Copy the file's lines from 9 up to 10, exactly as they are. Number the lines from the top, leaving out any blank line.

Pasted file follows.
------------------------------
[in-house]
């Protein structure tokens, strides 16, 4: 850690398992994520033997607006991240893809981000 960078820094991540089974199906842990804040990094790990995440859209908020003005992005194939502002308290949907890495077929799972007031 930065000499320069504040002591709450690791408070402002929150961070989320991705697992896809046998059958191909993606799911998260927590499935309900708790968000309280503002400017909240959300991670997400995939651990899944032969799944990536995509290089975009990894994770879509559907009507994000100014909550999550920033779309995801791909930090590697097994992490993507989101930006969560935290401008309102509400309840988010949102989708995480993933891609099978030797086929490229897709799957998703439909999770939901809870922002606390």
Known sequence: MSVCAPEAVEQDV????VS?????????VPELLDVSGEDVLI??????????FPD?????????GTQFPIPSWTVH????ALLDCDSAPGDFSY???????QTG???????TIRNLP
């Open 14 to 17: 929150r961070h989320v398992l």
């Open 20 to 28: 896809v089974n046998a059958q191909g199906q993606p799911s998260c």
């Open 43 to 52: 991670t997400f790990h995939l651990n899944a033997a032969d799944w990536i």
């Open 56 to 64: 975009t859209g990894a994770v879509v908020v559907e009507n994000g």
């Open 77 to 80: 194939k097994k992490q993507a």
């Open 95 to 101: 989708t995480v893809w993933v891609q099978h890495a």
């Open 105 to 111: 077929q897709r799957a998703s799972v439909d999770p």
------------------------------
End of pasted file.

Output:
């Open 95 to 101: 989708t995480v893809w993933v891609q099978h890495a």
């Open 105 to 111: 077929q897709r799957a998703s799972v439909d999770p």